Understanding (and respecting) the limits of your data

The business of gathering data, of performing experiments—this is the bread and butter of being a scientist. The task of doing controls, of analyzing data—these are the essential jobs that just must be done if we want to make models and to understand the universe. Our ability to dissect the truth relies entirely upon the quality of the data we generate.

One of the ideas I was getting at in my last post is that we need to be rigorous when we gather, analyze and interpret the data. In response, one of my friends made an interesting point:

To conclude MBAs help or destroy the chance of becoming a unicorn would require both looking at the background distribution and controlling for all the other variables that may help or prevent success. Given the latter is hard to do, looking at the background distribution would still leave [it] inconclusive.

This is a sophisticated thought, which goes beyond the “mere” idea of good data analysis to considering the intrinsic limitations of the data itself. The fact of the matter is that, sometimes (and much more often than I would like!), the data just aren’t powerful enough to answer the question that I’ve asked. And so I simply lack the data to refine my hypothesis or to exclude several of a number of hypotheses.

To give this concept some grounding, let’s play a fun word game. It’s quite simple—just fill in the missing letter to create a true statement about my mom and me: “I am bl_nder than my mom.”

At the outset, there are 26 possibilities—but we can certainly cull some of these. The first thing to do is consider whether the missing letter is a consonant or a vowel. I’m sure you suspected immediately that no consonant would yield a word—a fact you can easily verify with a quick search through the dictionary. How about a ‘Y’? As you might have guessed, ‘blynder’ is not a word either.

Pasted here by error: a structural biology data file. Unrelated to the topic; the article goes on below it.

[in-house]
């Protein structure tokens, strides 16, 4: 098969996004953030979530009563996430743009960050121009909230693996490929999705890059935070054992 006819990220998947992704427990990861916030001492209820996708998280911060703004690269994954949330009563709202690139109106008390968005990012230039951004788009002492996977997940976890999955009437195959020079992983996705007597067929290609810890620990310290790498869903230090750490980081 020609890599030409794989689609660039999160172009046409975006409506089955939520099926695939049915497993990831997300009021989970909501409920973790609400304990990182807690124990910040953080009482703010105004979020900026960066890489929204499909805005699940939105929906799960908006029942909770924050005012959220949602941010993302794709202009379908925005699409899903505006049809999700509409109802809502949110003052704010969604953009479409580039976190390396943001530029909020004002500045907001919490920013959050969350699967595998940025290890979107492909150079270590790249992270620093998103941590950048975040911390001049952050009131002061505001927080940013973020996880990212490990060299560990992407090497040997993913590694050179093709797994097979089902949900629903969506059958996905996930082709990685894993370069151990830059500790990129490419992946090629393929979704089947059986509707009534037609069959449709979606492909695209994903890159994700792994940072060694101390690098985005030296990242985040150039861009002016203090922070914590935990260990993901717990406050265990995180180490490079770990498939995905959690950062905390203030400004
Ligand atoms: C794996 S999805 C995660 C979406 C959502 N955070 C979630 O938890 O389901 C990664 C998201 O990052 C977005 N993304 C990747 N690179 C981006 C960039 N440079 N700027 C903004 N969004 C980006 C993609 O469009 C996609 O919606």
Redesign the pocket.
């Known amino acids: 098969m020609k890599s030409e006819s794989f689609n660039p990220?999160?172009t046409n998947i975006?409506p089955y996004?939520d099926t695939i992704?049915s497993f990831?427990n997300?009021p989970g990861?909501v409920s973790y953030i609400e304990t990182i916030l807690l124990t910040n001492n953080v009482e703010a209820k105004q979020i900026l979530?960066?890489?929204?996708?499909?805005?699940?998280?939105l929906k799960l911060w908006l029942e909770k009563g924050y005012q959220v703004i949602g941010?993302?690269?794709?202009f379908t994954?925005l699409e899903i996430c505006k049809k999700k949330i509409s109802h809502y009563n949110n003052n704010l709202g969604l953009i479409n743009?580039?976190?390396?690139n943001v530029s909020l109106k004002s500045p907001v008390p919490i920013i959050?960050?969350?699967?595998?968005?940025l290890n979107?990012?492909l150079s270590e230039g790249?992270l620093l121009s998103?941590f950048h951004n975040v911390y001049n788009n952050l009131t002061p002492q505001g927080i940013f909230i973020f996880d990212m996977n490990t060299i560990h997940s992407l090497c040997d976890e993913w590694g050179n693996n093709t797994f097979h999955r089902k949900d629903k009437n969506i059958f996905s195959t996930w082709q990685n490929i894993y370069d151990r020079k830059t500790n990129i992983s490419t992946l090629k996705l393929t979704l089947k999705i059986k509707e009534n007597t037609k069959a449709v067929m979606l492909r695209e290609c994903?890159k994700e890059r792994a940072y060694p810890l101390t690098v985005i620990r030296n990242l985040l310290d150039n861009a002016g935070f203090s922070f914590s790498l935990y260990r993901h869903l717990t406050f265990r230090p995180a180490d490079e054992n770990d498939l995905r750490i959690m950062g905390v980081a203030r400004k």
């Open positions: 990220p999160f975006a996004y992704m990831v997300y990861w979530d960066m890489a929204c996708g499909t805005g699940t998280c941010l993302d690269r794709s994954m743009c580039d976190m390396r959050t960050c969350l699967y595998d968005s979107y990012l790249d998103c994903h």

This analysis leaves us with the five vowels. I have, at times, been an avid Scrabble player, and so I’m always on the lookout for interesting letter combinations that can form 7-letter words. This particular example is one of my favorites, because adding any vowel creates a word: ‘blander’; ‘blender’; ‘blinder’; ‘blonder’; ‘blunder’.

Can you further refine these five choices? You can’t use the criteria of it being a word any more; instead, you have to use the rest of the sentence and a slight knowledge of grammar. The next important observation is the use of ‘than’, which highlights that the missing word is an adjective (a comparative one, at that). Are any of our possible words not adjectives? Luckily, yes: ‘blender’ is a noun, and ‘blunder,’ a verb. (‘Blinder’ can be either a noun or an adjective, and so it remains on our list.) And so we have three remaining possibilities: “I am blander than my mom”; “I am blinder than my mom”; “I am blonder than my mom.”

Can you do better than this with the available data? No, not unless you get some more information about my mom and me. But, even then, it will always be very hard to rule out the possibility that I am, in fact, much blander than my mom. So, really, the best you can do is to say that our missing letter is an ‘A’, ‘I’ or ‘O’, and leave it at that.

In the case of MBAs and Unicorns, it’s likely that some of the data we need (such as the distributions of MBAs in Unicorn and non-Unicorn companies) is hard to find. But, worse than that, a lot of the data we need to be truly confident in our conclusions (e.g., knowledge of how other characteristics vary between Unicorn and non-Unicorn companies) may be even harder to come by.

And that’s the point. We should always respect the data, —and never forget what the numbers can, and cannot, tell us.

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